The Odin Minimalist Jacket is an ultra lightweight 2.5 layer rain jacket that’s designed to provide weather protection with the absolute minimal weight penalty. Instead of weighing it down with extra features, it cuts back, providing only the essentials. I put it to the test, and I liked it.
The jacket is purely minimalist, consisting of little more than a front zipper, a single chest pocket and a hood. There are no hand pockets or Velcro wrist straps and the only real adjustments are in the hood and the waist, allowing it to be closed down around the user to block out rain and wind. The jacket uses Helly Tech Professional, a 2.5 layer laminate which consists of two layers of fabric and a waterproof coating. The jacket is seam sealed and waterproof all around, creating a full wall of resistance around the user. The jacket is available now, weighs under 6 oz, and retails for $200.
What I liked
The Odin Minimalist is incredibly light weight and packable. So much in fact that it actually fits inside its own pocket. I’ve been able to stuff it inside my water bottle pocket alongside my water bottle, essentially taking up no internal pack space. Designed more as an emergency jacket than a bomb proof storm shield, it gets out of the way without burdening the carrier.
Weather protection is pretty solid. It did a great job of blocking wind and wet clouds as they blew through, and held its own during some short duration torrentials. It’s not going to hold up to the constant pounding of heavy rainfall for hours on end, but for most conditions it holds up pretty well without wetting out.
The jacket feels quite nice. It sits close to the body with an athletic fit, but still has just enough room for a light weight mid layer to slide underneath. The materials are soft and feel nice against the skin, without getting clammy when the humidity climbs. Thanks to the thin build, it stays nice and cool when moving, and it’s breathable enough to be used during light hiking and hill climbs without accumulating body sweat underneath, despite the lack of vents or pit zips.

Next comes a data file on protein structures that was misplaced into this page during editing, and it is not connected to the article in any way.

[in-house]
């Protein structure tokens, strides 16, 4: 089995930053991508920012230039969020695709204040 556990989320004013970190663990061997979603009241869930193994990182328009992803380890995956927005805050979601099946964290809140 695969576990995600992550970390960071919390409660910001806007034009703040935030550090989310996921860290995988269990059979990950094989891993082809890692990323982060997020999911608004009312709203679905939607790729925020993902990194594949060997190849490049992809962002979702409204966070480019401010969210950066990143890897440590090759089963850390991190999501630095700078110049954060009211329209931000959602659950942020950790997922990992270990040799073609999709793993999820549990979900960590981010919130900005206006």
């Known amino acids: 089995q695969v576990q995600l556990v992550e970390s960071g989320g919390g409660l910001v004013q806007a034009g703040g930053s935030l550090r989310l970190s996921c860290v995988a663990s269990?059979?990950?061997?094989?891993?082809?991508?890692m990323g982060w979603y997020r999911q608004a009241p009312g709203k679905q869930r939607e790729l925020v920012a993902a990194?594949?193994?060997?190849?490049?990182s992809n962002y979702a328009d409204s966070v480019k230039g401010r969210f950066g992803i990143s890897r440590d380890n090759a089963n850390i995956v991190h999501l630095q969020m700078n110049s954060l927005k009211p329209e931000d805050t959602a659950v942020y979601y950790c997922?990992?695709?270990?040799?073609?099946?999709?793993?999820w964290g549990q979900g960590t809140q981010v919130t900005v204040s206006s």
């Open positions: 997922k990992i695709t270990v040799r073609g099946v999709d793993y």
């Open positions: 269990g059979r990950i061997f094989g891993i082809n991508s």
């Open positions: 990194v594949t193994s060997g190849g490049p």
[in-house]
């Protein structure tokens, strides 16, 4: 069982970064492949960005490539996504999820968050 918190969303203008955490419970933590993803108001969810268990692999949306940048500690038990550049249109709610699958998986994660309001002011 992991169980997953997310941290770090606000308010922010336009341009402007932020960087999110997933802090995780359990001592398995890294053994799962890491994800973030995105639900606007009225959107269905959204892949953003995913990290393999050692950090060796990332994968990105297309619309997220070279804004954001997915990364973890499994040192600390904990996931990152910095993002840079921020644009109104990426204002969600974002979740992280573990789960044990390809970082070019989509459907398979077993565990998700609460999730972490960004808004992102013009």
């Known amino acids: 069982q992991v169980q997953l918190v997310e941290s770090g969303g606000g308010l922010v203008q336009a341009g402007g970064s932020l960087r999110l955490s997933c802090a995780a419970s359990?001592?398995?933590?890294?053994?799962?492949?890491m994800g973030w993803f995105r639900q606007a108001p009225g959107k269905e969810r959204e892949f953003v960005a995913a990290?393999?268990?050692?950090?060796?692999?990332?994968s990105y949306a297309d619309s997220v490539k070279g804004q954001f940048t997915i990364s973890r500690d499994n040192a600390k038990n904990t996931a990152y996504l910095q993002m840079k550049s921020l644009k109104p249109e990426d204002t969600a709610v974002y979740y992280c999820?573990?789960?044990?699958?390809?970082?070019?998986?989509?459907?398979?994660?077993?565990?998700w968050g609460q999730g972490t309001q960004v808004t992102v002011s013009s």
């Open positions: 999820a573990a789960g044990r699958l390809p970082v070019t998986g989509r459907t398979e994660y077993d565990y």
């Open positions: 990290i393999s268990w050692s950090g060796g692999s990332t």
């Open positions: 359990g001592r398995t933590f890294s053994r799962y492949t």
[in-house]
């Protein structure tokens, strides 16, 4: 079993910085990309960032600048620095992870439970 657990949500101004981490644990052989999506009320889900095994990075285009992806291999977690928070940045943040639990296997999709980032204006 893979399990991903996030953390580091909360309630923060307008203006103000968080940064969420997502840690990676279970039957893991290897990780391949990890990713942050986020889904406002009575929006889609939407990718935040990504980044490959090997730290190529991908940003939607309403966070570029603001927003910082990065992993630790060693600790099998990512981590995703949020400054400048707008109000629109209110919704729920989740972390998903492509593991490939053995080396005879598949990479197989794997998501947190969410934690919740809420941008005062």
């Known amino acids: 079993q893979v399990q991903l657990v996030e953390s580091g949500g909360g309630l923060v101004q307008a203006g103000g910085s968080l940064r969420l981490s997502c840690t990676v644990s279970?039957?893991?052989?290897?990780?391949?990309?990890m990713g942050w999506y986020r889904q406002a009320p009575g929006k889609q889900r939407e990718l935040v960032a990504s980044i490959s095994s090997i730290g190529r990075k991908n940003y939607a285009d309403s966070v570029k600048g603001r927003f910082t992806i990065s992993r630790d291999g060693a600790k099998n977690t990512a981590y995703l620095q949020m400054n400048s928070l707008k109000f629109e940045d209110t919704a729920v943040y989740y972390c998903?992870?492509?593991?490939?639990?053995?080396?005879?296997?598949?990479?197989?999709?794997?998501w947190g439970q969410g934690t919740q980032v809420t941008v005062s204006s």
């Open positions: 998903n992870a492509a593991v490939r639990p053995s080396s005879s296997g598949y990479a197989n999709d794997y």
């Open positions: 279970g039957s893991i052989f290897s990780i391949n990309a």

Although it’s built to be as light as possible, it’s still constructed with care and precision. The zippers slide easily without getting hung up, and the body has held up great to briers and thorns when pushing through thickets. Continuously packing it inside various backpacks with gear both in the woods and around town has had no affect on the seams or waterproof coating and the outer fabric still shows no signs of wear and tear.
What I didn’t like
It’s a somewhat limited jacket. If you live in an area that consistently gets hard rain that lasts for days without release, it’s probably not that jacket. If instead you need something for the occasional shower or even extended sprinkle session, this will suffice and save a lot of pack weight. Those who expect the worst on a regular basis might want to go with something a little beefier as it will, like all 2.5 layer jackets, eventually wet out.
Having no hand pockets can make for some cold fingers in near freezing temperatures when it’s raining. A pair of waterproof gloves easily fix that problem.
The Odin Minimalist is a nice jacket when packed size and weight are the real concern. Cutting back on unnecessary features makes for a supremely packable and light weight design without sacrificing reliability or durability. It’s quite comfortable, and has held up surprisingly well in short duration rain storms, which is all that most backpackers need. My biggest complaint was the lack of hand pockets, as I’m a bit cold natured when it comes to the ol’ phalanges. Otherwise, it’s a solid option.
For more information on Helly Hansen and their exceptional line up of outerwear and clothing, check out www.hellyhansen.com
For information on our rating system and our testing procedures, check out our About us/ Contact us page.
I want to extend a huge thanks to Helly Hansen for their continued support and for providing us this great jacket for review. We couldn’t do this alone, and we certainly appreciate the help. Our full disclosure can be found here.
Thanks as always for reading! Don’t forget to follow our blog for future updates and reviews. If you have any questions, comment below, send us an email, or find us on Twitter or Facebook (links on the right).